Sat | Nov 27, 2021

Letter | No internal split

Published:Wednesday | May 8, 2019 | 12:25 AM

The Editor, Sir:

We refer to your article headlined “BOJ Downplays Internal Forex Split” in the Sunday Gleaner of May 5, 2019, which contains in the headline and in the body of the article false and misleading statements about the governance of the central bank which, if left uncorrected, will serve to sow confusion in the minds of your readers on a matter of considerable national importance.

The headline and article assert that there is a “split in the views at the central bank” in relation to exchange rate volatility and grounds this assertion on the reported views of an individual who represents one of the industry groups, the JMEA, that is represented on the Foreign Exchange Market Development Committee, FXMDC.

In fact, there is no split in the views at the central bank. The views of representatives of industry groups present at meetings with the central bank cannot in any reasonable fashion be attributed to the central bank. We ask that you correct the misstatements in the article and its headline and publish this letter with equal prominence that was given to the article.

The FXMDC is one of the many consultative committees through which the central bank meets with stakeholders to provide information on its policies, to obtain feedback on proposed policy changes and, in this case, to foster the greatest consensus around reforms to develop a modern foreign exchange market that meets the needs of all of its stakeholders.

Other such consultative committees that meet on a regular basis include the Bankers Committee, the Primary Dealers Committee and the National Payments Council.

The FXMDC itself was formed by the central bank in 2017 ahead of the reforms to the foreign exchange market that began with the implementation of the Bank of Jamaica Foreign Exchange Intervention and Trading Tool, B-FXITT, in July of that year.

Like most of the consultative committees, the FXMDC’s membership is made up of industry associations and not individuals. The associations are entirely responsible for their representatives who speak on their behalf at meetings of the committee. The membership is broad and includes industry groups that represent all of the stakeholders in the foreign exchange market, which include micro, small, medium and large businesses, users of foreign exchange, suppliers of foreign exchange, securities dealers, insurance companies, pension funds and foreign exchange market intermediaries (banks and cambios).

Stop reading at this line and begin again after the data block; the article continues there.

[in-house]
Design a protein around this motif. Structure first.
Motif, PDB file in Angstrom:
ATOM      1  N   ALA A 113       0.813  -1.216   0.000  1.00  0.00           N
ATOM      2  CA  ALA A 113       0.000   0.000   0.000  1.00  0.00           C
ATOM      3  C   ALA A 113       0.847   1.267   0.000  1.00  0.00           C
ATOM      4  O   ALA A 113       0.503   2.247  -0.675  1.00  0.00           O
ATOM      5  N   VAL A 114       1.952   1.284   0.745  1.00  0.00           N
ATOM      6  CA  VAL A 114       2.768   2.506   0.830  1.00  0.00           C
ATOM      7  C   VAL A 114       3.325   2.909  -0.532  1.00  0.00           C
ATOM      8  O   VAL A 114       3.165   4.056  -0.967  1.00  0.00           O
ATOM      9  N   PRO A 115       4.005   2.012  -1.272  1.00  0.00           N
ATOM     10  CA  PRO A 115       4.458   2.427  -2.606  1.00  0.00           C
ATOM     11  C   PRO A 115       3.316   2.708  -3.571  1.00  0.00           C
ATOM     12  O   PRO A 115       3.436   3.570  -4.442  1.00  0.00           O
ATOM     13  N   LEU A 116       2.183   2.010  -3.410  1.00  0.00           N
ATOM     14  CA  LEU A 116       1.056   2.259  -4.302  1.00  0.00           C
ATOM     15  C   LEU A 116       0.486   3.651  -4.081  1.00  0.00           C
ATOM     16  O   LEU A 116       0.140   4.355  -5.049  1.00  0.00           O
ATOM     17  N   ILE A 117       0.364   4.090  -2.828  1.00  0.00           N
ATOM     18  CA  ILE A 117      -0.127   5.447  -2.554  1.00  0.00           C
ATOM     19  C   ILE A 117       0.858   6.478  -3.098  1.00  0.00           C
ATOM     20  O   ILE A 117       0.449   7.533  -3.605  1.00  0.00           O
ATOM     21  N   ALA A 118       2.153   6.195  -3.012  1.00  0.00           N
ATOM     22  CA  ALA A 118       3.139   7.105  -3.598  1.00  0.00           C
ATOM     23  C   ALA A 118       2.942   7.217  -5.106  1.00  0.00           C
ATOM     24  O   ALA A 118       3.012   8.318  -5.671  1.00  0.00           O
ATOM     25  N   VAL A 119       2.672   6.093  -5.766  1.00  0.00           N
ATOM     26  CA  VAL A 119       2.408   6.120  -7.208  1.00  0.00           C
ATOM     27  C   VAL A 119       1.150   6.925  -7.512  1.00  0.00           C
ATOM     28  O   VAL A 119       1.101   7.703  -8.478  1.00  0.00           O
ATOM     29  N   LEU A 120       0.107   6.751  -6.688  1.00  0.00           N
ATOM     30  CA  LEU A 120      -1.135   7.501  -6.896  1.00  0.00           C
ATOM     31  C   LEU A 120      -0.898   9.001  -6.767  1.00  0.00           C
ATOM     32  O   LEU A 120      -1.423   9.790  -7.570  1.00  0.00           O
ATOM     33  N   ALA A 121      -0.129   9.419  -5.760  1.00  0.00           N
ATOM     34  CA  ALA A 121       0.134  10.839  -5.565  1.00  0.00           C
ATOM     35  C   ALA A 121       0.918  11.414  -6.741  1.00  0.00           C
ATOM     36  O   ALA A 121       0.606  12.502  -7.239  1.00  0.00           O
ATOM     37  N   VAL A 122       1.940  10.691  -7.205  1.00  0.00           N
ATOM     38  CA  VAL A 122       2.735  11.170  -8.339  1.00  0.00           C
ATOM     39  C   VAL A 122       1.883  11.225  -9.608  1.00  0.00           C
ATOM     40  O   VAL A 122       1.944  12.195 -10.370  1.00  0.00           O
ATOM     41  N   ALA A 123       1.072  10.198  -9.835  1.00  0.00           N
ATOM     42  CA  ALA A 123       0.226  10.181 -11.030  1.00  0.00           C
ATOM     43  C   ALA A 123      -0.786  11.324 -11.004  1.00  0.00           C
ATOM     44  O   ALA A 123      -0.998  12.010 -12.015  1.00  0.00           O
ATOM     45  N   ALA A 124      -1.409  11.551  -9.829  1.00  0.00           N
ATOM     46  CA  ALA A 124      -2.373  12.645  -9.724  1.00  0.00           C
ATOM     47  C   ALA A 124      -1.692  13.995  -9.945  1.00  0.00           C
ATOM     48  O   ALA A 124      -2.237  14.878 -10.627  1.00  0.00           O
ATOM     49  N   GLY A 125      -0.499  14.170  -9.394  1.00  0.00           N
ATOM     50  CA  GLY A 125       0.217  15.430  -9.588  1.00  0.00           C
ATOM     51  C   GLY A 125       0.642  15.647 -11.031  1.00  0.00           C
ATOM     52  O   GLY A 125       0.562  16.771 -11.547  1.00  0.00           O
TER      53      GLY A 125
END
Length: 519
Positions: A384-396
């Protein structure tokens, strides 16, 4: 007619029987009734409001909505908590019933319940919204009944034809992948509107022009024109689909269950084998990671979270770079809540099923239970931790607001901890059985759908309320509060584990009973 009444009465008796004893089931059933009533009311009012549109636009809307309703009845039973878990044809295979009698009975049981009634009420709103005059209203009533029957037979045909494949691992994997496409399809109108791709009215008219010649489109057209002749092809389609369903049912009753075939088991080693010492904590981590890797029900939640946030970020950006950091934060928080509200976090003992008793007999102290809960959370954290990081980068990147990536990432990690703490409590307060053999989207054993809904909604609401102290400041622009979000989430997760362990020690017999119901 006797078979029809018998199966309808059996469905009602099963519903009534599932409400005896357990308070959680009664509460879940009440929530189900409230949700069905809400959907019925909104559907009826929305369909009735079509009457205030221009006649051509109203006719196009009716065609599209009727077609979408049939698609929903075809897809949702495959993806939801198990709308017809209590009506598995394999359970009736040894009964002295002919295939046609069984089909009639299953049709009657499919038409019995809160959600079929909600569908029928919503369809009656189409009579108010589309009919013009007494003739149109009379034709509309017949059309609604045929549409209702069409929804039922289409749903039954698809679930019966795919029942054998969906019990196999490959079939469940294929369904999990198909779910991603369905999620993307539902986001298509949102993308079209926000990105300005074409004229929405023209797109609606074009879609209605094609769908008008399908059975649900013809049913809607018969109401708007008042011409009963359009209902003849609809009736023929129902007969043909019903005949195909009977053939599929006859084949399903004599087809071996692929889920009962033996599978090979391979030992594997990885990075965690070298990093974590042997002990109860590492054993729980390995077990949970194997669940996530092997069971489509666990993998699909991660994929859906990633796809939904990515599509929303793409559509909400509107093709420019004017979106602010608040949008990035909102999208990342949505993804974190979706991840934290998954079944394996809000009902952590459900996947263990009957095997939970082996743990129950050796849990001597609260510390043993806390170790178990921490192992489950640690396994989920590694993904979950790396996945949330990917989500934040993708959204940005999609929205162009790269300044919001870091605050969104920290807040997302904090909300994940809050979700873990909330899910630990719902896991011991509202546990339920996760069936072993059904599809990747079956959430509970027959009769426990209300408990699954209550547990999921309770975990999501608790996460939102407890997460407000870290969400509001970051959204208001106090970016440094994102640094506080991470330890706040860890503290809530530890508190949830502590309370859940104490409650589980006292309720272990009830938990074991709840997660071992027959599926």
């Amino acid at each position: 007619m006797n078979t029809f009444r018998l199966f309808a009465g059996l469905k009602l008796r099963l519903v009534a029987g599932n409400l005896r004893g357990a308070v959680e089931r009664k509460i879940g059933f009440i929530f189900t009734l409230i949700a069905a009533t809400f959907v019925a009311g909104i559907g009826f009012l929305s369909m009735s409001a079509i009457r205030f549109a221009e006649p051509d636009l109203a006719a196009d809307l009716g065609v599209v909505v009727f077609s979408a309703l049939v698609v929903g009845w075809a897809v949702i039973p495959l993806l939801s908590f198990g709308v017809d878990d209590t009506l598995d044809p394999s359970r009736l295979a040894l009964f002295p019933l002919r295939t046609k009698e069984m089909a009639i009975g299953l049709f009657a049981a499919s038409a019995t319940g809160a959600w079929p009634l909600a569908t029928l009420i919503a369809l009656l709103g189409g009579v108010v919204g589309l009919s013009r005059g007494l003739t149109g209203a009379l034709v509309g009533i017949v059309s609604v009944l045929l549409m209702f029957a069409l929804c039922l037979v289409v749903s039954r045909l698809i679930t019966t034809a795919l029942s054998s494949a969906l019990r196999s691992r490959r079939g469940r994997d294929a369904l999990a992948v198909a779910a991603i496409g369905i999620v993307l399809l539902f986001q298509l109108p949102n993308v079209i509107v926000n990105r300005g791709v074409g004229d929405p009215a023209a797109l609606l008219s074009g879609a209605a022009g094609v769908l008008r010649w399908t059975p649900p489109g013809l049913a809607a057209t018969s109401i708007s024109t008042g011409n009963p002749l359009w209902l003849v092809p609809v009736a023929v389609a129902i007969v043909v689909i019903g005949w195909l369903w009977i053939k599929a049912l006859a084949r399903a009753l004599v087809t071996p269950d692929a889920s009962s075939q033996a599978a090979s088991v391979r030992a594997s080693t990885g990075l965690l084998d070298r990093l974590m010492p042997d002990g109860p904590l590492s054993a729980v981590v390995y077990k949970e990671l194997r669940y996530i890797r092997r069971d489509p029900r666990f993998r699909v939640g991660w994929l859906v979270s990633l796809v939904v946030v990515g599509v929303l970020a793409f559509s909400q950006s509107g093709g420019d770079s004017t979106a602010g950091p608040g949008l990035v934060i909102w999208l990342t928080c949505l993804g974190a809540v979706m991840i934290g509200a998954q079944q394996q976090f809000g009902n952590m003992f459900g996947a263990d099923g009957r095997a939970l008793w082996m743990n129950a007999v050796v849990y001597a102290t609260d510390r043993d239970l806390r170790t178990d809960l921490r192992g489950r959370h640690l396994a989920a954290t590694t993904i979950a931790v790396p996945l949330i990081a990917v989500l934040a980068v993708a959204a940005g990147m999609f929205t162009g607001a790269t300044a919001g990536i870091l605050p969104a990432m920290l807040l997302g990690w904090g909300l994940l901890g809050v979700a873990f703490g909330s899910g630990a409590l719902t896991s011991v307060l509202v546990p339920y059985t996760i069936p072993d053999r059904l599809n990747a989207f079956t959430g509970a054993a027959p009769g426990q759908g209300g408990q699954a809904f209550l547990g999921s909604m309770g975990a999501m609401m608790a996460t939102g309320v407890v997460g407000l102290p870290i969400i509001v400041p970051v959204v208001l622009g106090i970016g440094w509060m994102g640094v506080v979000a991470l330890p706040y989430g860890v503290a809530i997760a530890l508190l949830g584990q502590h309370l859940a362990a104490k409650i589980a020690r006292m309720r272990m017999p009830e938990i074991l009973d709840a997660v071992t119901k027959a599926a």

The JMEA’s representative and the head of the PSOJ, to whose views on the foreign exchange market you have given prominence in recent days, are but two of the 13 private sector stakeholder groups represented on the consultative committee.

This kind of consultative committee has been present in one form or another since the inception of Bank of Jamaica in 1961. They are an essential part of an orderly, transparent interface of the central bank with its many stakeholders that is, and is perceived to be, fair and even-handed to all groups.

The FXMDC therefore cannot reasonably be construed to somehow be considered a part of the central bank itself. Consultative committees like the FXMDC are not organs of the central bank, have no permanence and, clearly, can play no role in decision-making and accountability at the central bank. It is therefore fundamentally wrong, and highly misleading, to state or to suggest otherwise as has been done in the article and its headline.

Notwithstanding the gross error in the article, we nevertheless want to express a clear welcome to the interest that is being shown in the workings of these consultative committees. As Bank of Jamaica continues to build up its efforts at enhancing the understanding by Jamaicans of its work, we are pleased to be able to confirm that the participants in the various committees have reason to be justifiably proud of the work that they do in contributing to the smooth running of Jamaica’s financial markets and the adoption of effective reforms that advance the interests of all Jamaicans.

Bank of Jamaica

Nethersole Place, Kingston